Creating .deb-Packages With Checkinstall



    Version 1.0

    Author: Falko Timme

    Last edited 02/04/2005



    Checkinstall is a nice tool to create simple .deb-packages that you can use in your local network (e.g. if you have to install the same piece of software on multiple computers running Debian). It lets you compile and install software from the sources like before, but with the difference that you end up with a simple Debian package which also means that you can easily uninstall the software you just compiled by running dpkg -r!



    I will demonstrate the use of checkinstall by compiling and installing the anti-virus software ClamAV on a Debian system.



    This howto is meant as a practical guide; it does not cover the theoretical backgrounds. They are treated in a lot of other documents in the web.



    This document comes without warranty of any kind!







    1 Install Checkinstall



    It is as easy as 1-2-3:



    apt-get install checkinstall



    If your system tells you that it does not know a package called checkinstall then add the following line to /etc/apt/sources.list:



    deb http://www.backports.org/debian/ woody checkinstall



    and run



    apt-get update



    Then try again to install checkinstall.







    2 Install ClamAV



    We need the ClamAV sources . We will install the software from the /tmp directory.



    cd /tmp

    wget http://mesh.dl.sourceforge.net/sourceforge/clamav...
    apt-get install libgmp3 libgmp3-dev

    groupadd clamav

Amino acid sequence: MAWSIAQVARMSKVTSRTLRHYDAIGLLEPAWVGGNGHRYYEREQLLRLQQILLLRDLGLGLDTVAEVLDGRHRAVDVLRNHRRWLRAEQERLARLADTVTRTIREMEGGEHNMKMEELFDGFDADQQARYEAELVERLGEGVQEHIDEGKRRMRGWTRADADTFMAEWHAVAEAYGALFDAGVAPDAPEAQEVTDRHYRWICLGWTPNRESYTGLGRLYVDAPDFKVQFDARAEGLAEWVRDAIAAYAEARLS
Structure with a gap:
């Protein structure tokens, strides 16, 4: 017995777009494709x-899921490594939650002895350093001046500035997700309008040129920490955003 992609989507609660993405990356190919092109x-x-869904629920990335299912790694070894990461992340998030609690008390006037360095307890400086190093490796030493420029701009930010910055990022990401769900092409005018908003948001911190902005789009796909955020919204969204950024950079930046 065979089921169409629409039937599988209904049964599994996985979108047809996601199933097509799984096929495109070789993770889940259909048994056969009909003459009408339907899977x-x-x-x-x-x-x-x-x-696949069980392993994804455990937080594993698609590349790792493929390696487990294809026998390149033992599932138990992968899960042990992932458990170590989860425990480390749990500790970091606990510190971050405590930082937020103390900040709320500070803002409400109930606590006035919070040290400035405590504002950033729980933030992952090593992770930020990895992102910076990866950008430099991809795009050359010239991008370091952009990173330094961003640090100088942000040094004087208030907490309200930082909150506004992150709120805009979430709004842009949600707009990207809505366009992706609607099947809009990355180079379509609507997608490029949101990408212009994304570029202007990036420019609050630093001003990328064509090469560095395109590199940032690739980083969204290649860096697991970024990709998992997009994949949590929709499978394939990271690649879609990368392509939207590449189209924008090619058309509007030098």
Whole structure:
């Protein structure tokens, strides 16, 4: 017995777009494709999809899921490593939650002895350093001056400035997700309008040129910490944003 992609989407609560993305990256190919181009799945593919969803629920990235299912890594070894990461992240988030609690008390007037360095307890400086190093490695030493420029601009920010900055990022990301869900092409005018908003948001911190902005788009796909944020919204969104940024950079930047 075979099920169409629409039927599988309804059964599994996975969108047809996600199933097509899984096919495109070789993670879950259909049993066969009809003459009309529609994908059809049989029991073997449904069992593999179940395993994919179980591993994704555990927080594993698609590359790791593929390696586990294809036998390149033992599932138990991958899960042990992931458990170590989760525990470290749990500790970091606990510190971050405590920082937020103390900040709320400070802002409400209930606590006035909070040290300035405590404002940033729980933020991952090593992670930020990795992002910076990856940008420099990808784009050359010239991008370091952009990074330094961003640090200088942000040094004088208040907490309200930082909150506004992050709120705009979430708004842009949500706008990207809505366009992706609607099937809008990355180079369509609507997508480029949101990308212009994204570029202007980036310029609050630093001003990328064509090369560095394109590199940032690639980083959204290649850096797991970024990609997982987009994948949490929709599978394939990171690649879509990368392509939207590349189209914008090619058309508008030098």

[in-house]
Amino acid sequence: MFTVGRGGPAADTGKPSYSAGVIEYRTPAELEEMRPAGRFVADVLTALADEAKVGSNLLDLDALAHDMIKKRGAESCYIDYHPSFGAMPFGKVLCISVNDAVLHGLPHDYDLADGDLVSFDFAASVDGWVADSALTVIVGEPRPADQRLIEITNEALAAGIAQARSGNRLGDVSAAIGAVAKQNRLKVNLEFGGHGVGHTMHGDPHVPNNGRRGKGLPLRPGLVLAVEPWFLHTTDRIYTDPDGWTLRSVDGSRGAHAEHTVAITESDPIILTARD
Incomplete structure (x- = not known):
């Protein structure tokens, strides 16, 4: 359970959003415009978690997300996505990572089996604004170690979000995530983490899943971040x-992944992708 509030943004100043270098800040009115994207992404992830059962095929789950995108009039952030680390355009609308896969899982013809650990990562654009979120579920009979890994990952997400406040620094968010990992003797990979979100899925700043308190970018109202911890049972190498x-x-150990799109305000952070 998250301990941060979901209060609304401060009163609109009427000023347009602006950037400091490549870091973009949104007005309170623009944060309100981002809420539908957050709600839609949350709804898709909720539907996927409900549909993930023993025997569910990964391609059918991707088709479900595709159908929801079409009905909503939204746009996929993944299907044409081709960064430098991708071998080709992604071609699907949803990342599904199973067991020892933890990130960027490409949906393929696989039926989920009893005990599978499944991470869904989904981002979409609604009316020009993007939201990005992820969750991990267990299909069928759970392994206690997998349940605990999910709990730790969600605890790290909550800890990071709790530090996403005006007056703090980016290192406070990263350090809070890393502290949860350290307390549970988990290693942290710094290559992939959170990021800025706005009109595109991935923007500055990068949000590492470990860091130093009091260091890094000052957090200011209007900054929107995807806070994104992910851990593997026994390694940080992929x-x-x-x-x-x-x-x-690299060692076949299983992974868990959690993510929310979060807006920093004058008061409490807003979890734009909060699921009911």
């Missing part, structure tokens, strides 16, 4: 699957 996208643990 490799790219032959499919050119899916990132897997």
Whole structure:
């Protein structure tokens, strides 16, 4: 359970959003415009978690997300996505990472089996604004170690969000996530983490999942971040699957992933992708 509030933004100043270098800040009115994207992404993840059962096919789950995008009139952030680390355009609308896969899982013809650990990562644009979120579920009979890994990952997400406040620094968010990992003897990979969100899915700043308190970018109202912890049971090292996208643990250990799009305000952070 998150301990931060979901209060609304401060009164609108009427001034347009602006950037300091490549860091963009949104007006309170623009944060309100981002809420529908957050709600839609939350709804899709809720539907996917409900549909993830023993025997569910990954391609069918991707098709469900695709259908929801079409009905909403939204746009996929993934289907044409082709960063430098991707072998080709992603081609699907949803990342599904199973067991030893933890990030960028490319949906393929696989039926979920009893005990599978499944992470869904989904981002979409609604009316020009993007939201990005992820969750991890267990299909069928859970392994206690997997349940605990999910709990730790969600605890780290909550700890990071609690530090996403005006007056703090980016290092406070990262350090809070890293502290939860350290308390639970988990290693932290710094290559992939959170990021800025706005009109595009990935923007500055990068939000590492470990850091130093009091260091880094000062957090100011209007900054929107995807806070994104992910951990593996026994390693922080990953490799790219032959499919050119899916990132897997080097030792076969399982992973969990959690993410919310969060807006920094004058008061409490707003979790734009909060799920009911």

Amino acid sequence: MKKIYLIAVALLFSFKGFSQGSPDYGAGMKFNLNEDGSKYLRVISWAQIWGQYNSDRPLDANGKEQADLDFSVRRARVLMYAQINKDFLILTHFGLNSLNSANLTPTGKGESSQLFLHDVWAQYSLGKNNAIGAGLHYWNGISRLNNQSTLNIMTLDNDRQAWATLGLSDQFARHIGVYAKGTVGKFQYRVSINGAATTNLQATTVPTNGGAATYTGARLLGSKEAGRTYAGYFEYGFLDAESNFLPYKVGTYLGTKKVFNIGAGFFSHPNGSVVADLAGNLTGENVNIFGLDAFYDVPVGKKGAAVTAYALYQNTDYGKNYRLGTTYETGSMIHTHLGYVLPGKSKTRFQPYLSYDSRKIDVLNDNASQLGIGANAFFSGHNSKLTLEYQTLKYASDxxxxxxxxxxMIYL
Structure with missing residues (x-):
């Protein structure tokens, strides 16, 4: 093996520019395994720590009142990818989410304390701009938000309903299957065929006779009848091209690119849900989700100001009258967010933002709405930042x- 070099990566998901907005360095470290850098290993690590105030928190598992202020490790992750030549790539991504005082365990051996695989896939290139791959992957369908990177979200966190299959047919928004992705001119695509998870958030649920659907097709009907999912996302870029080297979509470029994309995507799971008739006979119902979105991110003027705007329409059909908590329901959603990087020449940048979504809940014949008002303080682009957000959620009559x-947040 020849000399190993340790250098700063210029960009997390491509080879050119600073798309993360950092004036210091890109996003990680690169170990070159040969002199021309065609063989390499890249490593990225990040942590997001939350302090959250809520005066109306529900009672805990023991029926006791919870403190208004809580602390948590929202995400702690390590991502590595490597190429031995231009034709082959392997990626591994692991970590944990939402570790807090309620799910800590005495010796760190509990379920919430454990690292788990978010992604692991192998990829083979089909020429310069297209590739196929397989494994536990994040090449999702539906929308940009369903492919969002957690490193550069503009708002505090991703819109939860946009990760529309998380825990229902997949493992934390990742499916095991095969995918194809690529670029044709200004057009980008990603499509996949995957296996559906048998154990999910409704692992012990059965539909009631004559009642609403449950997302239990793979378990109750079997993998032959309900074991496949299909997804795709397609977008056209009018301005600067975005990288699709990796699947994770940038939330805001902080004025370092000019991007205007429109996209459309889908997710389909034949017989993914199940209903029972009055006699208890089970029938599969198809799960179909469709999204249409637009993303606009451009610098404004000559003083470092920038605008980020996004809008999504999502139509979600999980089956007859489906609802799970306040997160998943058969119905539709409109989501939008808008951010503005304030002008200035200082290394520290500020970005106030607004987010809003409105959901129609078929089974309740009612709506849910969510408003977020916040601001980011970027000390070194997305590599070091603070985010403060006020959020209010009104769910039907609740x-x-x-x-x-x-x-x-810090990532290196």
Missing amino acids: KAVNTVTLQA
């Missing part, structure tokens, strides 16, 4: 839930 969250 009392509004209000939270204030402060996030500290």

useradd -g clamav -s /bin/false -c "Clam AntiVirus" clamav

    tar xvfz clamav-0.81.tar.gz

    cd clamav-0.81/

    ./configure --sysconfdir=/etc



    (Please note: ./configure --help gives a list of all configuration options available.)



    make



    Now comes the main difference: instead of make install we run



    checkinstall -D make install



    Answer the question "The package documentation directory ./doc-pak does not exist.

    Should I create a default set of package docs? [y]:" with y.



    Then enter a description for your package (e.g. ClamAV 0.81). A summary of the configuration options for your .deb-package will come up:



    You can change them here or just hit enter to continue. Now ClamAV will be installed plus a Debian package will be created which you can find in the installation directory /tmp/clamav-0.81 as the final checkinstall summary states:



    Now you can copy clamav-0.81_0.81-1_i386.deb to other Debian computers and run



    dpkg -i /path/to/clamav-0.81_0.81-1_i386.deb



    to install it. If you want to remove it, just run



    dpkg -r clamav-0.81



    This even works on the computer you compiled ClamAV on! This is a nice way to install software from the sources and remove it if you are unsatisfied with the result.

  6. June 10, 2009  9:46 am by eleandar Reply

    Hy,

    checkinstall seems to be a very good idea to simplify the installation step before doing some test on a application !
    Could it simplify the packaging task for developpers ?
    Does it handle dependencies rules automatically ? I mean does it includes in the package description the libraries or packages versions needed to run the software ?

    Kindest Regards,
    Laurent

  7. Pingback : Checkinstall for linux newbies « SGLNX